Harden Wire

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DOCami wrote
on Feb 27, 2010 6:41 PM

I would like to make hoop earrings and I need to know how to harden the wire. I have read tutorials and info in these forums but I can't seem to get the wire to harden. I am new to beading and am broke so I have limited supplies. Here is what I have:

Art wire 20g

Nylon hammer

watchmaker's hammer that has interchangeable heads: brass flat, steel flat, and poly flat

2 thick plates: 1 aluminum and 1 steel (subs for a proper anvil)

I have tried hammering with all the above on all of the above including a cutting board (dont try that) and a countertop surface. I can't get the wire to harden at all. I can get it to do that curling/creeping thing people talk abt but that is abt it. Please help!!

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yeli wrote
on Feb 27, 2010 8:04 PM

Have you tried 18g?

Some wires are softer than others.  Maybe it's the brand.

Can you tell me the brand and type of wire? Is it silver?

You also have to know that wire hardens, but not too much. 

There are some projects that cannot be completed in 20g.

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DOCami wrote
on Feb 28, 2010 12:53 AM

Its Beadalon ColourCraft permanently colored copper craft wire.

I would like to try 18g but unfortunately lack the funds atm. 

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JSmaz wrote
on Feb 28, 2010 4:50 AM

Most of the colored copper wire does tend to be pretty soft, and 20 gauge is on the thin side, so I can understand the issue you're having.  I'm guessing you're just trying to make simple hoops, and the 20g may just be too thin to get very hard.  If you're willing to experiment you could try wire-wrapping the hoops and that would add strength to it, but that may not be the look you want.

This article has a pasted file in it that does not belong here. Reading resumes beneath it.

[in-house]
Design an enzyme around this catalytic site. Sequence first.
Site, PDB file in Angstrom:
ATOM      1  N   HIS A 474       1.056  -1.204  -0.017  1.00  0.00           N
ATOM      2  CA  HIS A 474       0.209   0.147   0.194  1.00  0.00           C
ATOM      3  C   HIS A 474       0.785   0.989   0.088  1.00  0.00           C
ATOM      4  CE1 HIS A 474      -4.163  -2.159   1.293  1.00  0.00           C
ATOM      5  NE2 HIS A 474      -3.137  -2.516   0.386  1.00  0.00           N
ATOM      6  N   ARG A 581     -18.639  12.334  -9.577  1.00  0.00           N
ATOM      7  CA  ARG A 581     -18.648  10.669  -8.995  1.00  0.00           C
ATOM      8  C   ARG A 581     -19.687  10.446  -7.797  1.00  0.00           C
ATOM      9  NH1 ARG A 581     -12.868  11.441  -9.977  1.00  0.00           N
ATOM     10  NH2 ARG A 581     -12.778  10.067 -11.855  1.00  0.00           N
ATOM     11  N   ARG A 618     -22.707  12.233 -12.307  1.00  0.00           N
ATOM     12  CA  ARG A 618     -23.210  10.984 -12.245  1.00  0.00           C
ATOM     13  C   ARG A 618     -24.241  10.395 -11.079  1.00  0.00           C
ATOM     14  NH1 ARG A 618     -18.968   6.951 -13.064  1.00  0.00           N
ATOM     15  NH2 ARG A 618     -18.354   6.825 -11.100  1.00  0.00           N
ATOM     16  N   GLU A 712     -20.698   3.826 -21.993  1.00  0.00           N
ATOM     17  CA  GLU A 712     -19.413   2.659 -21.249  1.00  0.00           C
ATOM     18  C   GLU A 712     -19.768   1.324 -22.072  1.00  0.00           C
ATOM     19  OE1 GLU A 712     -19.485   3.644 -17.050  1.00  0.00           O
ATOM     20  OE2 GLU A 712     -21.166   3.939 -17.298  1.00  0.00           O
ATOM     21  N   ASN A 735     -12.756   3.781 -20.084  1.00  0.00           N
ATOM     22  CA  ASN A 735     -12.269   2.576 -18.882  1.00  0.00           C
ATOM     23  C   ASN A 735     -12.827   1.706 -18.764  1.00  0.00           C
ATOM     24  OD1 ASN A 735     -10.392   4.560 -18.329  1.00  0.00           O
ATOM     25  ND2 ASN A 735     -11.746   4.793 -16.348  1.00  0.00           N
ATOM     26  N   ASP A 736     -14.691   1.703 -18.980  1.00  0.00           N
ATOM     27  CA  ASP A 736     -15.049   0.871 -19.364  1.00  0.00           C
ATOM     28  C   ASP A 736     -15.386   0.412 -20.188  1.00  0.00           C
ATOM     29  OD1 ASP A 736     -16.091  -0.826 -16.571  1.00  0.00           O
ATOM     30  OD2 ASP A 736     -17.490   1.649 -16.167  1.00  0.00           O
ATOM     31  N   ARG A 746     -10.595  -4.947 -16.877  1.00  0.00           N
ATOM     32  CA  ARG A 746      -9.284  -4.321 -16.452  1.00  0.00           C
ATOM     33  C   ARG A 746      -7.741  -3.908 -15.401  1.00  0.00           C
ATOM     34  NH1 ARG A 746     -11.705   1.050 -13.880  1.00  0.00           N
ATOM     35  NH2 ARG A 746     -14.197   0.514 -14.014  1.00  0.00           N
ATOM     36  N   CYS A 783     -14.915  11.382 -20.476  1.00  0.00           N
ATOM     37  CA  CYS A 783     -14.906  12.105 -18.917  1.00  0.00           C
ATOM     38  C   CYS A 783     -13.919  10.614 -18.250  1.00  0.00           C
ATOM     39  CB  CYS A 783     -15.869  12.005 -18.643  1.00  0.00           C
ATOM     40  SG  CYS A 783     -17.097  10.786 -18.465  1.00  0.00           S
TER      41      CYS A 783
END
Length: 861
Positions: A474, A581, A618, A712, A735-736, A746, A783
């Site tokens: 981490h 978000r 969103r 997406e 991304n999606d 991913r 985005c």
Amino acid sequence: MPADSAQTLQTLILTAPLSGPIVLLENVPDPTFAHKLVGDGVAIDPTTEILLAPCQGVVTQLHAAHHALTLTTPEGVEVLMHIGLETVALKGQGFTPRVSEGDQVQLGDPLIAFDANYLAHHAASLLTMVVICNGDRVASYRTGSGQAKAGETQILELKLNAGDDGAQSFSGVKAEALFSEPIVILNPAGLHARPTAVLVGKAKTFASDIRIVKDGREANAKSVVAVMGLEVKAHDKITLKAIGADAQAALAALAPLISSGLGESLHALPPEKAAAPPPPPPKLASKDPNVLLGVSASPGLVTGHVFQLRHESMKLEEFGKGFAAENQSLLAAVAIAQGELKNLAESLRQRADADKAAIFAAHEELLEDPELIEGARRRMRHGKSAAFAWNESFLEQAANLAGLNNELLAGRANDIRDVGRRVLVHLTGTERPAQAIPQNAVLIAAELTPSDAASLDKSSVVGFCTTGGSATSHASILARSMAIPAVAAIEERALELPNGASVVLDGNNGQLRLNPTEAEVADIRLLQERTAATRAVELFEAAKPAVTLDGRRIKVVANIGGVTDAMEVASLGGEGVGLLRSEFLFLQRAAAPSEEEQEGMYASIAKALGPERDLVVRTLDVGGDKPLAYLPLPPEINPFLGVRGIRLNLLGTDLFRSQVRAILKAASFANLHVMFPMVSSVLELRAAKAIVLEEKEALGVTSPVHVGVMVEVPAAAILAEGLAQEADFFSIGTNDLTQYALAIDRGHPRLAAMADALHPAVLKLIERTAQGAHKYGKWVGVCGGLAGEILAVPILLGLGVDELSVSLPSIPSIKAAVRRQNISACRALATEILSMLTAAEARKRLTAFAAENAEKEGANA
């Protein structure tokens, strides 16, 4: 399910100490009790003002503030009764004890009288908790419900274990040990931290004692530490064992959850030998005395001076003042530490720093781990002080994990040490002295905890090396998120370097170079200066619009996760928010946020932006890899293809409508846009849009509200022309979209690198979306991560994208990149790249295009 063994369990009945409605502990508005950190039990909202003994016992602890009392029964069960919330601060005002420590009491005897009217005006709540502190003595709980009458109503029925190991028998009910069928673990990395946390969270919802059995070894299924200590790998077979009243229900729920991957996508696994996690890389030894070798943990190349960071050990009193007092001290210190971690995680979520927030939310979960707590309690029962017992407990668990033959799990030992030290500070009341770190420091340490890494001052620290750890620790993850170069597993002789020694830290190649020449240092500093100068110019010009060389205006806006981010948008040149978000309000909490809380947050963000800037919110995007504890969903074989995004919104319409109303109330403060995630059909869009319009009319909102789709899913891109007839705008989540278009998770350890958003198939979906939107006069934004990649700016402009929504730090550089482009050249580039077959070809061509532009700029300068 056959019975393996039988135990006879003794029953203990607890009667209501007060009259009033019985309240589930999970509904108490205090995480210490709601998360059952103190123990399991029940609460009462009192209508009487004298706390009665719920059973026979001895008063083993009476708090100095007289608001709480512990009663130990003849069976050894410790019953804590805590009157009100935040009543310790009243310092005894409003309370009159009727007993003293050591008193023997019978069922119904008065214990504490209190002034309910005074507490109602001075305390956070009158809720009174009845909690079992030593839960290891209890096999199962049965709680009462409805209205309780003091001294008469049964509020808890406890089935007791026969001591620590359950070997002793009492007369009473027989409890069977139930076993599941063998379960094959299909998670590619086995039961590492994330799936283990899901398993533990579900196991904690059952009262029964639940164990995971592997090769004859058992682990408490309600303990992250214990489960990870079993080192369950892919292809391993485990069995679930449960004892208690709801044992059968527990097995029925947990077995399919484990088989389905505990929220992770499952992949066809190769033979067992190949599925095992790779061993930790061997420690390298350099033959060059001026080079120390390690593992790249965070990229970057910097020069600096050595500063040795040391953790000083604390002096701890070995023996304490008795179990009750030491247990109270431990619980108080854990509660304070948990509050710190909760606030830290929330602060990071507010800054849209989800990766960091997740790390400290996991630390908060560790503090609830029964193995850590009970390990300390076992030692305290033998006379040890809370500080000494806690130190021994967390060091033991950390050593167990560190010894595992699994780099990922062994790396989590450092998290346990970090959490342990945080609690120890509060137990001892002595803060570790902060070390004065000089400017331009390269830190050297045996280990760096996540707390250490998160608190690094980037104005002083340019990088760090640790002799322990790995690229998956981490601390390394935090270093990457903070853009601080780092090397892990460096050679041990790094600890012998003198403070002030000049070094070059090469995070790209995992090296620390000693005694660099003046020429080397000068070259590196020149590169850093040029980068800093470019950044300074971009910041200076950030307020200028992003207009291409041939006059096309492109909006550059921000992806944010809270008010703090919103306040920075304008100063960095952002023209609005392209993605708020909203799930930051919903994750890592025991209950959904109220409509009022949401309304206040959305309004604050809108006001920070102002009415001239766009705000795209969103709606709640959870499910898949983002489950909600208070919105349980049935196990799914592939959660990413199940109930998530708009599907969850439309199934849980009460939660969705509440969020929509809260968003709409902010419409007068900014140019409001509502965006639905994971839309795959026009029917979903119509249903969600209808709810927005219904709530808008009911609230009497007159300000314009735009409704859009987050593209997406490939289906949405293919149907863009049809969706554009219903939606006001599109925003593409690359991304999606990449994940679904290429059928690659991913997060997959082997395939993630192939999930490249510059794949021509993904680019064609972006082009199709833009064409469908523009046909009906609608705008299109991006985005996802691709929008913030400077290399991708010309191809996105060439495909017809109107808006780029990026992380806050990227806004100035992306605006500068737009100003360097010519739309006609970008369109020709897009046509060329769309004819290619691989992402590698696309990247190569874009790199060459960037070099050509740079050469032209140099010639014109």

Jeni

Oklahoma City

ArtFire Studio & blog  |  Gallery 

 

 

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Pam I am wrote
on Feb 28, 2010 5:19 AM

When I want to harden a short length of wire, especially copper, I just hold it in one hand and pull on it with the other and run it through my fingers repeatedly until it's as hard as I want.  It's kind of like curling ribbon with scissors only I use my fingers instead of scissors.... it takes numerous times to harden, say 30 or so as a guess...maybe more depending on how hard I want it. 

Generally hammering with either a metal hammer on a wood (or soft, ie: wood, plastic, some other kind of surface that gives a little bit...probably not the cutting board though that's thinking in the right direction) or a wood or soft hammer on a metal or hard surface will give a good hardness without making the wire absolutely brittle.

While I'm thinking of it, of the hammers you have to use the one I would choose to do the most hardening is the brass flat as it might well be the hardest head of the three.  Steel could be too but I'd choose the brass first because brass is a very hard metal while steel can be made in lots of different tempers.  Doing this will mark the metal, there will be hammer marks, but those could be used as a decorative effect. 

Another thing you could try if this doesn't work too well is to take a couple of inches or so of this wire and roll it between the two plates you have.   This will also straighten it.

If this doesn't work maybe your wire is just way too soft to begin with, Billy and I just recently had a small amount of some kind of copper alloy we've pretty much given up on because it just won't harden but breaks at the least touch or bend.  That's the only piece of wire I've ever seen do this though....

Good luck, let us know!

Pam